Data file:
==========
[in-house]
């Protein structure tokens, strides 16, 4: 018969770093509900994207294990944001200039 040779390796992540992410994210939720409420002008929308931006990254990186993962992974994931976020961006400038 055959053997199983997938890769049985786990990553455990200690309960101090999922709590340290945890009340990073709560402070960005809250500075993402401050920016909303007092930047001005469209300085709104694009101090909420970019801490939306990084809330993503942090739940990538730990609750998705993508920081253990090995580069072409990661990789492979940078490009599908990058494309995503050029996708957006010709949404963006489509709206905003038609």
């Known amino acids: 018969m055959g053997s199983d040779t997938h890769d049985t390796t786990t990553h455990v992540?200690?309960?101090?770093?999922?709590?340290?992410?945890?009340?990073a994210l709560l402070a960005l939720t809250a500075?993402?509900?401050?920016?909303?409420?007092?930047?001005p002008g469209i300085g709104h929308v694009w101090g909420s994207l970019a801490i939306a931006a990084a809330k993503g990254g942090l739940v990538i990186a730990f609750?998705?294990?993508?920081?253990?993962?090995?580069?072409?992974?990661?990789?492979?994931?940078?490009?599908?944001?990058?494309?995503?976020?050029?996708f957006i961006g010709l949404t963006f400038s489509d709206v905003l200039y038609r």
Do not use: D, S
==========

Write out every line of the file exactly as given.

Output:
[in-house]
């Protein structure tokens, strides 16, 4: 018969770093509900994207294990944001200039 040779390796992540992410994210939720409420002008929308931006990254990186993962992974994931976020961006400038 055959053997199983997938890769049985786990990553455990200690309960101090999922709590340290945890009340990073709560402070960005809250500075993402401050920016909303007092930047001005469209300085709104694009101090909420970019801490939306990084809330993503942090739940990538730990609750998705993508920081253990090995580069072409990661990789492979940078490009599908990058494309995503050029996708957006010709949404963006489509709206905003038609």
């Known amino acids: 018969m055959g053997s199983d040779t997938h890769d049985t390796t786990t990553h455990v992540?200690?309960?101090?770093?999922?709590?340290?992410?945890?009340?990073a994210l709560l402070a960005l939720t809250a500075?993402?509900?401050?920016?909303?409420?007092?930047?001005p002008g469209i300085g709104h929308v694009w101090g909420s994207l970019a801490i939306a931006a990084a809330k993503g990254g942090l739940v990538i990186a730990f609750?998705?294990?993508?920081?253990?993962?090995?580069?072409?992974?990661?990789?492979?994931?940078?490009?599908?944001?990058?494309?995503?976020?050029?996708f957006i961006g010709l949404t963006f400038s489509d709206v905003l200039y038609r």
Do not use: D, S